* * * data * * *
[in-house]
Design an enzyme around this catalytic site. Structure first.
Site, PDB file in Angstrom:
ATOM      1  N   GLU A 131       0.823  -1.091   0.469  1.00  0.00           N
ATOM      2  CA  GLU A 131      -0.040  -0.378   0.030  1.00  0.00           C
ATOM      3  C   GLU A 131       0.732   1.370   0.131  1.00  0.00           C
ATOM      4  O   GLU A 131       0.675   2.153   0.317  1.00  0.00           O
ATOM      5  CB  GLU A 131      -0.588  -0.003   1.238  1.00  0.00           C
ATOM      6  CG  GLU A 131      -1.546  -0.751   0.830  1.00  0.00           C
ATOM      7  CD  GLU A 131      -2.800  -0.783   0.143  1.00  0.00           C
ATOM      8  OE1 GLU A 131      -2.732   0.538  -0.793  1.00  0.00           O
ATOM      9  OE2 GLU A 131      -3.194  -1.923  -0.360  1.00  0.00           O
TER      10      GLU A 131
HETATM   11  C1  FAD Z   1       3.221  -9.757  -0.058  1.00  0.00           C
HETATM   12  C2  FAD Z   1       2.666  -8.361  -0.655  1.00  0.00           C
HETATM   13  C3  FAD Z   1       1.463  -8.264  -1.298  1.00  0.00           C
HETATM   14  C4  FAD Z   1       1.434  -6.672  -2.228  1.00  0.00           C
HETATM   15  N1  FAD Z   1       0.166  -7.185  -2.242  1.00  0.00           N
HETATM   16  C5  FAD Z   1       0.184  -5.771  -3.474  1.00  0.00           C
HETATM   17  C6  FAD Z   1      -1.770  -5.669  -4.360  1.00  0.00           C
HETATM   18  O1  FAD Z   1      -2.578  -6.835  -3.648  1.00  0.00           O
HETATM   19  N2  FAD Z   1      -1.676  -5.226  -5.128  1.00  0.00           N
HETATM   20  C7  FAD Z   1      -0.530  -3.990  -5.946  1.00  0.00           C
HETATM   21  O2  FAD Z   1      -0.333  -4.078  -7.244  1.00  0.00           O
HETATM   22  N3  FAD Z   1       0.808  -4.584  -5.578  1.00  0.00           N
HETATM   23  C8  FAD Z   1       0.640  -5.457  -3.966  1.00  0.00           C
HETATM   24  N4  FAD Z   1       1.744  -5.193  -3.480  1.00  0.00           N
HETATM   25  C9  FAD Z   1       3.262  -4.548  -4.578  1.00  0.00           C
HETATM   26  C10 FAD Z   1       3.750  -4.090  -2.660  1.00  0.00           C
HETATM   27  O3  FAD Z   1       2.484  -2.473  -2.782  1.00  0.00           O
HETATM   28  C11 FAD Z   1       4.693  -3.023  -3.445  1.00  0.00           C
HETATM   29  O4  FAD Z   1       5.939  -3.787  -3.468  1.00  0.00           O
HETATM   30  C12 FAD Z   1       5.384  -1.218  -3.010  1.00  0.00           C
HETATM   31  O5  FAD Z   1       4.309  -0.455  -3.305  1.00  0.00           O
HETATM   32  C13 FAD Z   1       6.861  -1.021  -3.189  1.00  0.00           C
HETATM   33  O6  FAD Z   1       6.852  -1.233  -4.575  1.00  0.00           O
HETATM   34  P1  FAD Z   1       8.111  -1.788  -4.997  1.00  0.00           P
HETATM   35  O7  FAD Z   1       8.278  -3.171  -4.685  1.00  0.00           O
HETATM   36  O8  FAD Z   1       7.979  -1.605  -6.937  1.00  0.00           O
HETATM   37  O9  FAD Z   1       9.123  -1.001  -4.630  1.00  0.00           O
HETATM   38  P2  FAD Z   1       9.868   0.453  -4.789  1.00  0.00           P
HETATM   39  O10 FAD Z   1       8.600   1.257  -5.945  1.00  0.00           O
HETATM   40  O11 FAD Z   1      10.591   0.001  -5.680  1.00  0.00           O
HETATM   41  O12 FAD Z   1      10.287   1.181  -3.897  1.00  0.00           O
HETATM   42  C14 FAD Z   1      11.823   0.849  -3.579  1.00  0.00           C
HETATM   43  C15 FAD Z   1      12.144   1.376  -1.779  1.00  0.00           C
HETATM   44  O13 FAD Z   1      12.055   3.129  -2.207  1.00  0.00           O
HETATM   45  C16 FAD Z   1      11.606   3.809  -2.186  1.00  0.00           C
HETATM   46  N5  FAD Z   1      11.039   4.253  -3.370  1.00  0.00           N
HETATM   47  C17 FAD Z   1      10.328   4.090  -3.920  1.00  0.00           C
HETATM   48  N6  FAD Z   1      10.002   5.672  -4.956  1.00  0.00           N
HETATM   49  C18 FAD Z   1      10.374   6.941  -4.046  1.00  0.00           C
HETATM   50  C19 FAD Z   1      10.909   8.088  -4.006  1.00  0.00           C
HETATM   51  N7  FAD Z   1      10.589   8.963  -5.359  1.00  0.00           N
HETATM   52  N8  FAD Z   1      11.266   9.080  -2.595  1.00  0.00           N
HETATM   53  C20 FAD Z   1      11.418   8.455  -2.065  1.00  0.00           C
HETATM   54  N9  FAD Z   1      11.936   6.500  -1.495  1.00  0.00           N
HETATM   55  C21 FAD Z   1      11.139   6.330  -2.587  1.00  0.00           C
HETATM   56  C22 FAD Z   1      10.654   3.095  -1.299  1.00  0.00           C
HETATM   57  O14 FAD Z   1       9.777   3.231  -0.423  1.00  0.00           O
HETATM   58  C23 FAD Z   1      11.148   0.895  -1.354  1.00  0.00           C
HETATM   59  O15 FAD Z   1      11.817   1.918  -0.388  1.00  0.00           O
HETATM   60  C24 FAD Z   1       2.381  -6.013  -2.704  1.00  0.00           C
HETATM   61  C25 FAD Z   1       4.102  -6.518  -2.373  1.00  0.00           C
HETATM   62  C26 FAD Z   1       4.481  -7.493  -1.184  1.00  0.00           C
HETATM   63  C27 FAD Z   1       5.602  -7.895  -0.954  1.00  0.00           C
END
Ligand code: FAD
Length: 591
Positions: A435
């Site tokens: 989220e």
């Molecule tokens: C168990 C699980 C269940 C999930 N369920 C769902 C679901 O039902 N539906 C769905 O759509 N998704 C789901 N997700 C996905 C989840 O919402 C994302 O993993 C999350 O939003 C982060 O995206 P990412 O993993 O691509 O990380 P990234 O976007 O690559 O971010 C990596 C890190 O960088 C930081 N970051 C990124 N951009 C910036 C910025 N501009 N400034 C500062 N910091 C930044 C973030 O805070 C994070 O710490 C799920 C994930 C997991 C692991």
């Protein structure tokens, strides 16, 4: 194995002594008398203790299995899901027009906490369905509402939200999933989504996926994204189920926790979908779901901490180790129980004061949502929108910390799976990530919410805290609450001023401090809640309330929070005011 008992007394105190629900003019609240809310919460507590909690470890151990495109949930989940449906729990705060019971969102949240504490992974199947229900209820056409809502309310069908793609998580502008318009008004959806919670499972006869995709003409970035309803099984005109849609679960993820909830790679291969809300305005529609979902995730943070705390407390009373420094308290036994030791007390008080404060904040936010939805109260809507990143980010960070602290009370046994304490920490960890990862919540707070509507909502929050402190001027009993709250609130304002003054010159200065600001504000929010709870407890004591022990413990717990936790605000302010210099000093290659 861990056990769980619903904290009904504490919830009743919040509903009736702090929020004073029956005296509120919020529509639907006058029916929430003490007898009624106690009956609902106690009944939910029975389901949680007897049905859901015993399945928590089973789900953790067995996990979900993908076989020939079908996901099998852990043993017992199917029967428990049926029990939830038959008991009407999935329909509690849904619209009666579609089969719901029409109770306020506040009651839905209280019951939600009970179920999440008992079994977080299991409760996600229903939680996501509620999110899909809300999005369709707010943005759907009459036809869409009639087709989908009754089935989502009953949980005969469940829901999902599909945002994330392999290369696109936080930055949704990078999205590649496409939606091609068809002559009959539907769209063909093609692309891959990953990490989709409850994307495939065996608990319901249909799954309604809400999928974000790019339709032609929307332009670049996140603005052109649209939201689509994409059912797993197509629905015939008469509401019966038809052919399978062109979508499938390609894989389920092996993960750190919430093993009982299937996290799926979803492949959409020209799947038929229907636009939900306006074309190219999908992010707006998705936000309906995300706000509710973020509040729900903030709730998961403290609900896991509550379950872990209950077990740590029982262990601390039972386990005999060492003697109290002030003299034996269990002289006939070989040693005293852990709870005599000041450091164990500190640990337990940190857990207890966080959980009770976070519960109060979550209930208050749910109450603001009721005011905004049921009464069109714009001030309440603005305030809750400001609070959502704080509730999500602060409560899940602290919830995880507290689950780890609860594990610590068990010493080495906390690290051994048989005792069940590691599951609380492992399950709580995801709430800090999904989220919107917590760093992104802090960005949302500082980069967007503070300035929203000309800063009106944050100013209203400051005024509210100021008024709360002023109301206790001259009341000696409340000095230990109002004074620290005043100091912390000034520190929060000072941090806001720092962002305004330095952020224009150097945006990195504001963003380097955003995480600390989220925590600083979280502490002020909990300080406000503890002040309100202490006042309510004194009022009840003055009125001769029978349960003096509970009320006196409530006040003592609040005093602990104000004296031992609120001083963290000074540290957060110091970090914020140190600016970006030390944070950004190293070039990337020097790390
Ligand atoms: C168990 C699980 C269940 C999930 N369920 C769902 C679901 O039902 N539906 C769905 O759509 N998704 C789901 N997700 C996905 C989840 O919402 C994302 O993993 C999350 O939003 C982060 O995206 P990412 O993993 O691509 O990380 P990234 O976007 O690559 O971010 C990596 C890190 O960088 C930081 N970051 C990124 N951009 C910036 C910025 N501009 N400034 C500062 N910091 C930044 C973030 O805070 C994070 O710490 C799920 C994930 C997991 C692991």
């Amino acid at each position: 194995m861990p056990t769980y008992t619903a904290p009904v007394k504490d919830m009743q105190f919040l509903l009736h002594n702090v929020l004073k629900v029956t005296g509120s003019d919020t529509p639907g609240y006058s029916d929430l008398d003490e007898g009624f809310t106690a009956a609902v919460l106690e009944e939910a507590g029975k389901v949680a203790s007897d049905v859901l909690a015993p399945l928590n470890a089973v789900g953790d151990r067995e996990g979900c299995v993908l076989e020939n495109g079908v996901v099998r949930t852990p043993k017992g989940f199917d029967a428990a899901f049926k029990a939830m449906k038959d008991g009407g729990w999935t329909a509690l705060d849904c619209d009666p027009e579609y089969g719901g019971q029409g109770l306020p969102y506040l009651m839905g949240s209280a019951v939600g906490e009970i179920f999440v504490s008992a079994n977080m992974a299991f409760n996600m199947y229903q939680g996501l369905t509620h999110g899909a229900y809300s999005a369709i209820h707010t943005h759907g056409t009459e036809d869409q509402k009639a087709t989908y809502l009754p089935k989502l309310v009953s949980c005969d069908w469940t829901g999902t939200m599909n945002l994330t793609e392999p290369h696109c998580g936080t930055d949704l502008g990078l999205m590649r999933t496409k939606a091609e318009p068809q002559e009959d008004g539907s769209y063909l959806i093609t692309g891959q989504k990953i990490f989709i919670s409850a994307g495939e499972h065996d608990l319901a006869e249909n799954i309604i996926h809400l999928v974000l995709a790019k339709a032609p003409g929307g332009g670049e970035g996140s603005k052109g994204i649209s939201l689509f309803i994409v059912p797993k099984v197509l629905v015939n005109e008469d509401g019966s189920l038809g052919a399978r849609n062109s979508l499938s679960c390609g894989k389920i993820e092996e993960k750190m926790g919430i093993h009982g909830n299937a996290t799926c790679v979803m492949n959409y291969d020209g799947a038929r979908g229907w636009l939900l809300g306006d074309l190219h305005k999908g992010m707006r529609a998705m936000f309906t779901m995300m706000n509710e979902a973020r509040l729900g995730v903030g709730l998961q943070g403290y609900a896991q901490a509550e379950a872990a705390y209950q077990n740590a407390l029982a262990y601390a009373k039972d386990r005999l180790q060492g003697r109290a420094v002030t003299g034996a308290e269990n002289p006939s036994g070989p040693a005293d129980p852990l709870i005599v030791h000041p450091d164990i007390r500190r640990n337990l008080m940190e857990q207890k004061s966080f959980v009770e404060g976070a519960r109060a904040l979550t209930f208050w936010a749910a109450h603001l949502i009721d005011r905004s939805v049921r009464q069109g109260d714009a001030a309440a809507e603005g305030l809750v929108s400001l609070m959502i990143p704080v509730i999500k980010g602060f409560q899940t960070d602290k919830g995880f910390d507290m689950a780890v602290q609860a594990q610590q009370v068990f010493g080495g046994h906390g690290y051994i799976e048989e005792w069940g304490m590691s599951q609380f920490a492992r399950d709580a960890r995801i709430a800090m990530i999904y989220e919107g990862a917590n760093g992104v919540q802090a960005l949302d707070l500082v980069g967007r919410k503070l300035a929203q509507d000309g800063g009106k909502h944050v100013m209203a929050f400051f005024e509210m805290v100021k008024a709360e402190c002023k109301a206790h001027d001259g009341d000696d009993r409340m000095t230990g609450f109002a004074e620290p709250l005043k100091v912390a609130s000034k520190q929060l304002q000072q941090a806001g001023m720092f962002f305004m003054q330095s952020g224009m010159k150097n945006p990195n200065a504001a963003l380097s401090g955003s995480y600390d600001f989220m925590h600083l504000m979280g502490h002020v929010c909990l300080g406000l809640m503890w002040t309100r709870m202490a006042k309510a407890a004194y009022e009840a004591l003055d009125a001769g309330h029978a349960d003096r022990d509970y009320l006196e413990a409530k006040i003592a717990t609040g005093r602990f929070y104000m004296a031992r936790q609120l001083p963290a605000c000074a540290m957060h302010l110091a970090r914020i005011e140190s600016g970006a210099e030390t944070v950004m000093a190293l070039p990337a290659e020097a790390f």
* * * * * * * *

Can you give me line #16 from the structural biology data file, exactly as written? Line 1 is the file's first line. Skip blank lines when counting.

HETATM   13  C3  FAD Z   1       1.463  -8.264  -1.298  1.00  0.00           C